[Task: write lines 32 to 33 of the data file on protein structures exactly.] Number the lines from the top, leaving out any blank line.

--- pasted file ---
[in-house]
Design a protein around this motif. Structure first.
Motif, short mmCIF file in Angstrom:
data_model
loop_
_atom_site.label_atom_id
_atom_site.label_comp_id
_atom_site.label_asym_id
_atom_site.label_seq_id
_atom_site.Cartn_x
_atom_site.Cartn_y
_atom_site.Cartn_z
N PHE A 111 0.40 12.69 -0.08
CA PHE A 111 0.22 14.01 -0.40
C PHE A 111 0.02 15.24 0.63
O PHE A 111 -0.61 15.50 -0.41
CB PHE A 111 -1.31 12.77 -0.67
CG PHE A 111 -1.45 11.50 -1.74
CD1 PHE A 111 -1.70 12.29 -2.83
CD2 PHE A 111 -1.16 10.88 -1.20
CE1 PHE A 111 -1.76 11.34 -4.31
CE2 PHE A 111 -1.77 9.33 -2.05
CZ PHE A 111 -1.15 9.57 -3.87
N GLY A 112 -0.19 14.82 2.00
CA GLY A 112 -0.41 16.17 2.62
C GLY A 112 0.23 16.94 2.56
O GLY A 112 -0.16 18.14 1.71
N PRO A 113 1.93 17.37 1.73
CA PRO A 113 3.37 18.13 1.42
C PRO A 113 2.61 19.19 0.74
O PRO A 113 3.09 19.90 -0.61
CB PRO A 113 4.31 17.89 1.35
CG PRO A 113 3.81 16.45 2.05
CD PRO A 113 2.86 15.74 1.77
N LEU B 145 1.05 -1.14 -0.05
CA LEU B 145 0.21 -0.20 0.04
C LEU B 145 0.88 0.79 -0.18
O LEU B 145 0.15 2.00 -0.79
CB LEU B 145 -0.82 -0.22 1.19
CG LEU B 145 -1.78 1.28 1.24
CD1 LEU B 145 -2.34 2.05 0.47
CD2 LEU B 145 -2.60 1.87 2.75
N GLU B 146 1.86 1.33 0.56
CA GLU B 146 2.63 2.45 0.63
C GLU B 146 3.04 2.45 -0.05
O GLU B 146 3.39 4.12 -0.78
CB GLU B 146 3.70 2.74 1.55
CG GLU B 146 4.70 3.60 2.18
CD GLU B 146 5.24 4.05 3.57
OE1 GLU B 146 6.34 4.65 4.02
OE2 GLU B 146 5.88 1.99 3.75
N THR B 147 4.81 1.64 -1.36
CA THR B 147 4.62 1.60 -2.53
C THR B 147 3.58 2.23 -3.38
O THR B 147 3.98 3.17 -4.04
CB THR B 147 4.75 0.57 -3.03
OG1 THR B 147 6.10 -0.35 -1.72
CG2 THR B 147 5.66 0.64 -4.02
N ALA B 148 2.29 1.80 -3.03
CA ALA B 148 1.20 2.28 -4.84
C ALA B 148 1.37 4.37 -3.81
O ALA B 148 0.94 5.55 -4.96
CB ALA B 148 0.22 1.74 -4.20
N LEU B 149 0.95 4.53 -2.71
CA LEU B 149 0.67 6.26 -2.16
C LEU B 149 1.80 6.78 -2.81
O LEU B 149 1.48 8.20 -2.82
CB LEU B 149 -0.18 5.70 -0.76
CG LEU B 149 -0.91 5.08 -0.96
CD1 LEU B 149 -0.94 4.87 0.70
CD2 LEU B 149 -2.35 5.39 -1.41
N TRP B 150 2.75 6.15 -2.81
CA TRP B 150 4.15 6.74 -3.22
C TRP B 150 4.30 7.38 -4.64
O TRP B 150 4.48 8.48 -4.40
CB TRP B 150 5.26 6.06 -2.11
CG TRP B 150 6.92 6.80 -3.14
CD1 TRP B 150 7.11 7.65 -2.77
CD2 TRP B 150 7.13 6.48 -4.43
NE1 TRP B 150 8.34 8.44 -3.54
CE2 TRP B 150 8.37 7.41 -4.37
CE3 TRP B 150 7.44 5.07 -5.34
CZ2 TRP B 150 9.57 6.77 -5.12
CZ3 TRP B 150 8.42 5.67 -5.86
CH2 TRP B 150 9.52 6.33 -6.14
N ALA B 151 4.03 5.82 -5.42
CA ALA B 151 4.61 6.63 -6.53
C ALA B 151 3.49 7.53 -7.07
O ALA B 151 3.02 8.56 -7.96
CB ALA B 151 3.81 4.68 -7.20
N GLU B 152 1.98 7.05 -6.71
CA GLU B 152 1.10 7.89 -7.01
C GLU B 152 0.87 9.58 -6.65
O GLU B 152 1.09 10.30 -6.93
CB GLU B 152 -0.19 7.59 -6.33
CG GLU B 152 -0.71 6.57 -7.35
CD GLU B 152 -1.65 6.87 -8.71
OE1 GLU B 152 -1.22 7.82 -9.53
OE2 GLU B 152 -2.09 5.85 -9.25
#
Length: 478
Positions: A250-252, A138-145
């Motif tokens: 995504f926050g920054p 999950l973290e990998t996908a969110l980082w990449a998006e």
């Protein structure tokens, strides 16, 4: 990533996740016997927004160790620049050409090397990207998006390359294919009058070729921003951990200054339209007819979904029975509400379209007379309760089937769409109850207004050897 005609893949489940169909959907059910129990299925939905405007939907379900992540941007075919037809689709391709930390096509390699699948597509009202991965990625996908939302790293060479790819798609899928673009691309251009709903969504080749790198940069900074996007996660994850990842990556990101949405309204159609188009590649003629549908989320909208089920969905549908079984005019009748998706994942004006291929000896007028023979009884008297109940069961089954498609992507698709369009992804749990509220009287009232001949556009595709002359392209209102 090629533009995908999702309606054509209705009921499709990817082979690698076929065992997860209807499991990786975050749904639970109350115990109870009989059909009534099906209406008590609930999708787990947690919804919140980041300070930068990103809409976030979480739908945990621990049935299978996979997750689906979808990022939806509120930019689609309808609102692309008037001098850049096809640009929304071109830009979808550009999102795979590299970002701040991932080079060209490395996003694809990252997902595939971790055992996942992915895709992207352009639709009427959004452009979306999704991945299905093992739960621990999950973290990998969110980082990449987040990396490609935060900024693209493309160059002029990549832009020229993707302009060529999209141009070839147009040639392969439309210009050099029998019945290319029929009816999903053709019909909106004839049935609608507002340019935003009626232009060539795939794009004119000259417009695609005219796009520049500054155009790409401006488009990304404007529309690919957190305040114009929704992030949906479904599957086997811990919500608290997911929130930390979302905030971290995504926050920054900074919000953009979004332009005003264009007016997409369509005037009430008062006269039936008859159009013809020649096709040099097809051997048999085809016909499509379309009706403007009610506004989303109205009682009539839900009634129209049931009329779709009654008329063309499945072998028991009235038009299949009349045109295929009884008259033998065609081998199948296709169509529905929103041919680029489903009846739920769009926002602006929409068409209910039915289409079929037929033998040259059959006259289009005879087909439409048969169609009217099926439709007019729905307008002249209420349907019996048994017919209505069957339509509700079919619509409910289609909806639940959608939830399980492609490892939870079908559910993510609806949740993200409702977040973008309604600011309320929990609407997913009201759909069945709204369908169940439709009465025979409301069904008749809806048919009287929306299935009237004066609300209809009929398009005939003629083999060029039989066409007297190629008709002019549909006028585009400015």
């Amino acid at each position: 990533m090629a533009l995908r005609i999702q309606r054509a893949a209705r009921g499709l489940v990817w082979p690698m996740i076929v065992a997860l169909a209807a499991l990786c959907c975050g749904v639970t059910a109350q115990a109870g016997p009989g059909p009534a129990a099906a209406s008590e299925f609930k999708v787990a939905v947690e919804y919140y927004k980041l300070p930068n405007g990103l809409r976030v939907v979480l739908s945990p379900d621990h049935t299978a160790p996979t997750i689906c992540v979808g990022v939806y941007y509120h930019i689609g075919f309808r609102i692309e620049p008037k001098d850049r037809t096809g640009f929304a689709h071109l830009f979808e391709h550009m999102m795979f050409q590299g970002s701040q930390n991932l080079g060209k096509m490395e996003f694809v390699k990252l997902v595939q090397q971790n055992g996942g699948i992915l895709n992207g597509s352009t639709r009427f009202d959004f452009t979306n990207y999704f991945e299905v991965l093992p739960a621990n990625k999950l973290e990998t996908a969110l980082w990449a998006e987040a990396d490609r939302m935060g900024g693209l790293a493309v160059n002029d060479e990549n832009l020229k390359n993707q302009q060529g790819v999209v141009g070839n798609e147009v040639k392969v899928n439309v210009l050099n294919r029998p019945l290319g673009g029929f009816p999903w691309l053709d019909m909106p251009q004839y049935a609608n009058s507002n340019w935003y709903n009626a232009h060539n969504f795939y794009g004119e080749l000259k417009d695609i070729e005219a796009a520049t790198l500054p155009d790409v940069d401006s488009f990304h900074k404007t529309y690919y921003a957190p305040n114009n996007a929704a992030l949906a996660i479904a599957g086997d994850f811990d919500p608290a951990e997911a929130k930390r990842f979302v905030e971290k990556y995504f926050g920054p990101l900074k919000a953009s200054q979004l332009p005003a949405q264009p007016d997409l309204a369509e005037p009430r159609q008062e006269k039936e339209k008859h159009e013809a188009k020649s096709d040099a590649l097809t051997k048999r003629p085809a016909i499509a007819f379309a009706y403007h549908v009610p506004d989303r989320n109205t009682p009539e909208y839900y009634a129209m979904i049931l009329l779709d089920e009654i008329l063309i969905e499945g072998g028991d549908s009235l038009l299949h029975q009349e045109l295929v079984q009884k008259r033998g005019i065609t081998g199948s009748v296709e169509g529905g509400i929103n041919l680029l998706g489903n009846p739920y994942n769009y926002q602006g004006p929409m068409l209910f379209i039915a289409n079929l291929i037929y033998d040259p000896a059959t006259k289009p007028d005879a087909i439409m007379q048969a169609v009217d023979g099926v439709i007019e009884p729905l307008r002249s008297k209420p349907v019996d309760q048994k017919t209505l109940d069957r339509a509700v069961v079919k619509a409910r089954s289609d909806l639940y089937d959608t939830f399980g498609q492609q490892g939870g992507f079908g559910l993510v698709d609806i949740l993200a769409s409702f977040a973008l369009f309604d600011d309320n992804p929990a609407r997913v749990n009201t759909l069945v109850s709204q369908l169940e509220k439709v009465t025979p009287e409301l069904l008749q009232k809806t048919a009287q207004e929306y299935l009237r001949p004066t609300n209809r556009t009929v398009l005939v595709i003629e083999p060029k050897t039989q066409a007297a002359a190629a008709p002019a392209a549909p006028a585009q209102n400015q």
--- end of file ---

CB PRO A 113 4.31 17.89 1.35
CG PRO A 113 3.81 16.45 2.05